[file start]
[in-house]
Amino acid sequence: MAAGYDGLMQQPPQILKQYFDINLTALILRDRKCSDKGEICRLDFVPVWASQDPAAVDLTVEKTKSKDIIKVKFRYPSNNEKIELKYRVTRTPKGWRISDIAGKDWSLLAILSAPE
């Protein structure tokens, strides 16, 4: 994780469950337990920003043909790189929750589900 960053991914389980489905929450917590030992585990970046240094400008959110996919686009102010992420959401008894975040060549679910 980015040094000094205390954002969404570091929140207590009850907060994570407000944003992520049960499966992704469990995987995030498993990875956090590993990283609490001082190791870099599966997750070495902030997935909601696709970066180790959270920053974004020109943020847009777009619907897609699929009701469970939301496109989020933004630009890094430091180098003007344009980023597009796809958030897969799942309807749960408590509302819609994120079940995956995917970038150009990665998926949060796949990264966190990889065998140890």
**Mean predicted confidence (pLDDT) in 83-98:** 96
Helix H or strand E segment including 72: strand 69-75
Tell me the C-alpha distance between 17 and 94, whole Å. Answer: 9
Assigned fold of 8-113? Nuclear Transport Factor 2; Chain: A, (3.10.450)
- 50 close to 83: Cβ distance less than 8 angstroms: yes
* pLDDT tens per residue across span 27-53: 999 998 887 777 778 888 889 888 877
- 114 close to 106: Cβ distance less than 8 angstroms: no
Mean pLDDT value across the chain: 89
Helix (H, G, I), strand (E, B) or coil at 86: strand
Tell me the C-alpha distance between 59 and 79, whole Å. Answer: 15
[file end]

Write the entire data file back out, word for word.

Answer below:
[in-house]
Amino acid sequence: MAAGYDGLMQQPPQILKQYFDINLTALILRDRKCSDKGEICRLDFVPVWASQDPAAVDLTVEKTKSKDIIKVKFRYPSNNEKIELKYRVTRTPKGWRISDIAGKDWSLLAILSAPE
């Protein structure tokens, strides 16, 4: 994780469950337990920003043909790189929750589900 960053991914389980489905929450917590030992585990970046240094400008959110996919686009102010992420959401008894975040060549679910 980015040094000094205390954002969404570091929140207590009850907060994570407000944003992520049960499966992704469990995987995030498993990875956090590993990283609490001082190791870099599966997750070495902030997935909601696709970066180790959270920053974004020109943020847009777009619907897609699929009701469970939301496109989020933004630009890094430091180098003007344009980023597009796809958030897969799942309807749960408590509302819609994120079940995956995917970038150009990665998926949060796949990264966190990889065998140890």
**Mean predicted confidence (pLDDT) in 83-98:** 96
Helix H or strand E segment including 72: strand 69-75
Tell me the C-alpha distance between 17 and 94, whole Å. Answer: 9
Assigned fold of 8-113? Nuclear Transport Factor 2; Chain: A, (3.10.450)
- 50 close to 83: Cβ distance less than 8 angstroms: yes
* pLDDT tens per residue across span 27-53: 999 998 887 777 778 888 889 888 877
- 114 close to 106: Cβ distance less than 8 angstroms: no
Mean pLDDT value across the chain: 89
Helix (H, G, I), strand (E, B) or coil at 86: strand
Tell me the C-alpha distance between 59 and 79, whole Å. Answer: 15